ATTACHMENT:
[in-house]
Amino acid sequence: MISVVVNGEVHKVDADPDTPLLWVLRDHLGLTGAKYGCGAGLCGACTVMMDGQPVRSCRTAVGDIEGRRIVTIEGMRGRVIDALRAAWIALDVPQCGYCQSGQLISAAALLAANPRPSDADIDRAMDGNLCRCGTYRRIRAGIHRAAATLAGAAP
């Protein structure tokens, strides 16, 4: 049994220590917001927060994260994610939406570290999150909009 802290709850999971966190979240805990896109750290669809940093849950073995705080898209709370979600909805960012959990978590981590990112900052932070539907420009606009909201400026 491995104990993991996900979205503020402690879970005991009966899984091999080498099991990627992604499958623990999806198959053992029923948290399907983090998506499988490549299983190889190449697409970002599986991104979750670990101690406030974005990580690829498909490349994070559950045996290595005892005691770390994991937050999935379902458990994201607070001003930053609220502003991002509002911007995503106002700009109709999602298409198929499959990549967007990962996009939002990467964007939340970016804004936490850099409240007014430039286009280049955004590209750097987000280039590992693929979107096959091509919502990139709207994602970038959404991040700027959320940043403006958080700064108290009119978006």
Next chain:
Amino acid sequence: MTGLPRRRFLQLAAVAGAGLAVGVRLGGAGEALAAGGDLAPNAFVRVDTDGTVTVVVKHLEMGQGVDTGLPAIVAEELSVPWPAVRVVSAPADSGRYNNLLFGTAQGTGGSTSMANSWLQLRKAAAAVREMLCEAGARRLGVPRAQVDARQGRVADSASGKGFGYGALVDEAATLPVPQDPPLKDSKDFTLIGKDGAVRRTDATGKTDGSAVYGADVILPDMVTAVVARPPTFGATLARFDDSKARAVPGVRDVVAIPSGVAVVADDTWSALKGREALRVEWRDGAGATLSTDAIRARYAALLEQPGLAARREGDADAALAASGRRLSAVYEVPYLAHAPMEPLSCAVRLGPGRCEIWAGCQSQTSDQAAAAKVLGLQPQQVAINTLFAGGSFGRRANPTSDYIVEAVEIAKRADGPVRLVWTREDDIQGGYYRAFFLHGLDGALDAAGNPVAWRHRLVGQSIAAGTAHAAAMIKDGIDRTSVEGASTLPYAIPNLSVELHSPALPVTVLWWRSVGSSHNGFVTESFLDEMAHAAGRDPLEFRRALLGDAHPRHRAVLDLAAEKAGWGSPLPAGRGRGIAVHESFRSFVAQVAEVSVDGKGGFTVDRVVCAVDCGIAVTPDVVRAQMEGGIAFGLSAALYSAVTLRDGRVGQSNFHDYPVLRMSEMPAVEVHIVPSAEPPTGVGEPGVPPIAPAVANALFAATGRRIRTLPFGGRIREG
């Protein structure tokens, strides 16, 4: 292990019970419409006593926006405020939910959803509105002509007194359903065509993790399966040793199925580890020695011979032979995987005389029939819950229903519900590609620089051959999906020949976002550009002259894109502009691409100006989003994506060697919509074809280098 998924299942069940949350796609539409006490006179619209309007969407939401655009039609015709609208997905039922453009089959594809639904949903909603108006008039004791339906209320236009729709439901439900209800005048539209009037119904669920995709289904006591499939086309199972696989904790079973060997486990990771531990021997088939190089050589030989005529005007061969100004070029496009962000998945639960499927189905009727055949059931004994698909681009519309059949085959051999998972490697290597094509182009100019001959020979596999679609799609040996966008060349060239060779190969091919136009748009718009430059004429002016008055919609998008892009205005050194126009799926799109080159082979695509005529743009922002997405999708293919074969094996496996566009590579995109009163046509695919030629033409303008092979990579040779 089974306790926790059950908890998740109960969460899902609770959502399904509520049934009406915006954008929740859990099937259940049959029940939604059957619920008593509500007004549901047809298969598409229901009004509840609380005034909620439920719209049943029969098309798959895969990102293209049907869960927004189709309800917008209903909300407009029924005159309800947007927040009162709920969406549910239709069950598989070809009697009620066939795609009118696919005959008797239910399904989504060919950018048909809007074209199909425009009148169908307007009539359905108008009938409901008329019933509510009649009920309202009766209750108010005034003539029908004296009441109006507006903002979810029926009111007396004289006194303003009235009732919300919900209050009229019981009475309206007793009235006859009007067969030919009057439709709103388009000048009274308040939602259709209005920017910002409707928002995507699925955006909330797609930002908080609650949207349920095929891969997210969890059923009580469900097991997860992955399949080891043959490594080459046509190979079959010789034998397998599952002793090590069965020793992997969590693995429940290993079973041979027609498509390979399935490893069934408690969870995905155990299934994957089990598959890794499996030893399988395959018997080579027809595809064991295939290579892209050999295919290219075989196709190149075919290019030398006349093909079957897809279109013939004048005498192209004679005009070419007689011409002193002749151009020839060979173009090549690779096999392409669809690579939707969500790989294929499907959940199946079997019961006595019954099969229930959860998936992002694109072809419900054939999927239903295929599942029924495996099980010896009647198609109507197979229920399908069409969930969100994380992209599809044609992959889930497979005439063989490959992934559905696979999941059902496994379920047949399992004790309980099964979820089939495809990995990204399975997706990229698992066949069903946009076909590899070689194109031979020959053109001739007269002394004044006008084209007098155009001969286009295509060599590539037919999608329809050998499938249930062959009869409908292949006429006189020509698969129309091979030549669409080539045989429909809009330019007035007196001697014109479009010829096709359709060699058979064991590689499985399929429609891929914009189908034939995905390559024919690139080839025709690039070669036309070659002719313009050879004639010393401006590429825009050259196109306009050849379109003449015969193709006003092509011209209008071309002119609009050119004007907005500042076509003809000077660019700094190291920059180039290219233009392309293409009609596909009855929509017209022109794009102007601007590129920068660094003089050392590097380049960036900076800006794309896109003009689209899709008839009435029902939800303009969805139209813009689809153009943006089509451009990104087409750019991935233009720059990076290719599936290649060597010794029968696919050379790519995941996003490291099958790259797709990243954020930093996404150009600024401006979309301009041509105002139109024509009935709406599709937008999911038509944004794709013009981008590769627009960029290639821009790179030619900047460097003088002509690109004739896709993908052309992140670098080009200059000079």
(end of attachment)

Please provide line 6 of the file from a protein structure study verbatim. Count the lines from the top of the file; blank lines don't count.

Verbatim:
């Protein structure tokens, strides 16, 4: 292990019970419409006593926006405020939910959803509105002509007194359903065509993790399966040793199925580890020695011979032979995987005389029939819950229903519900590609620089051959999906020949976002550009002259894109502009691409100006989003994506060697919509074809280098 998924299942069940949350796609539409006490006179619209309007969407939401655009039609015709609208997905039922453009089959594809639904949903909603108006008039004791339906209320236009729709439901439900209800005048539209009037119904669920995709289904006591499939086309199972696989904790079973060997486990990771531990021997088939190089050589030989005529005007061969100004070029496009962000998945639960499927189905009727055949059931004994698909681009519309059949085959051999998972490697290597094509182009100019001959020979596999679609799609040996966008060349060239060779190969091919136009748009718009430059004429002016008055919609998008892009205005050194126009799926799109080159082979695509005529743009922002997405999708293919074969094996496996566009590579995109009163046509695919030629033409303008092979990579040779 089974306790926790059950908890998740109960969460899902609770959502399904509520049934009406915006954008929740859990099937259940049959029940939604059957619920008593509500007004549901047809298969598409229901009004509840609380005034909620439920719209049943029969098309798959895969990102293209049907869960927004189709309800917008209903909300407009029924005159309800947007927040009162709920969406549910239709069950598989070809009697009620066939795609009118696919005959008797239910399904989504060919950018048909809007074209199909425009009148169908307007009539359905108008009938409901008329019933509510009649009920309202009766209750108010005034003539029908004296009441109006507006903002979810029926009111007396004289006194303003009235009732919300919900209050009229019981009475309206007793009235006859009007067969030919009057439709709103388009000048009274308040939602259709209005920017910002409707928002995507699925955006909330797609930002908080609650949207349920095929891969997210969890059923009580469900097991997860992955399949080891043959490594080459046509190979079959010789034998397998599952002793090590069965020793992997969590693995429940290993079973041979027609498509390979399935490893069934408690969870995905155990299934994957089990598959890794499996030893399988395959018997080579027809595809064991295939290579892209050999295919290219075989196709190149075919290019030398006349093909079957897809279109013939004048005498192209004679005009070419007689011409002193002749151009020839060979173009090549690779096999392409669809690579939707969500790989294929499907959940199946079997019961006595019954099969229930959860998936992002694109072809419900054939999927239903295929599942029924495996099980010896009647198609109507197979229920399908069409969930969100994380992209599809044609992959889930497979005439063989490959992934559905696979999941059902496994379920047949399992004790309980099964979820089939495809990995990204399975997706990229698992066949069903946009076909590899070689194109031979020959053109001739007269002394004044006008084209007098155009001969286009295509060599590539037919999608329809050998499938249930062959009869409908292949006429006189020509698969129309091979030549669409080539045989429909809009330019007035007196001697014109479009010829096709359709060699058979064991590689499985399929429609891929914009189908034939995905390559024919690139080839025709690039070669036309070659002719313009050879004639010393401006590429825009050259196109306009050849379109003449015969193709006003092509011209209008071309002119609009050119004007907005500042076509003809000077660019700094190291920059180039290219233009392309293409009609596909009855929509017209022109794009102007601007590129920068660094003089050392590097380049960036900076800006794309896109003009689209899709008839009435029902939800303009969805139209813009689809153009943006089509451009990104087409750019991935233009720059990076290719599936290649060597010794029968696919050379790519995941996003490291099958790259797709990243954020930093996404150009600024401006979309301009041509105002139109024509009935709406599709937008999911038509944004794709013009981008590769627009960029290639821009790179030619900047460097003088002509690109004739896709993908052309992140670098080009200059000079």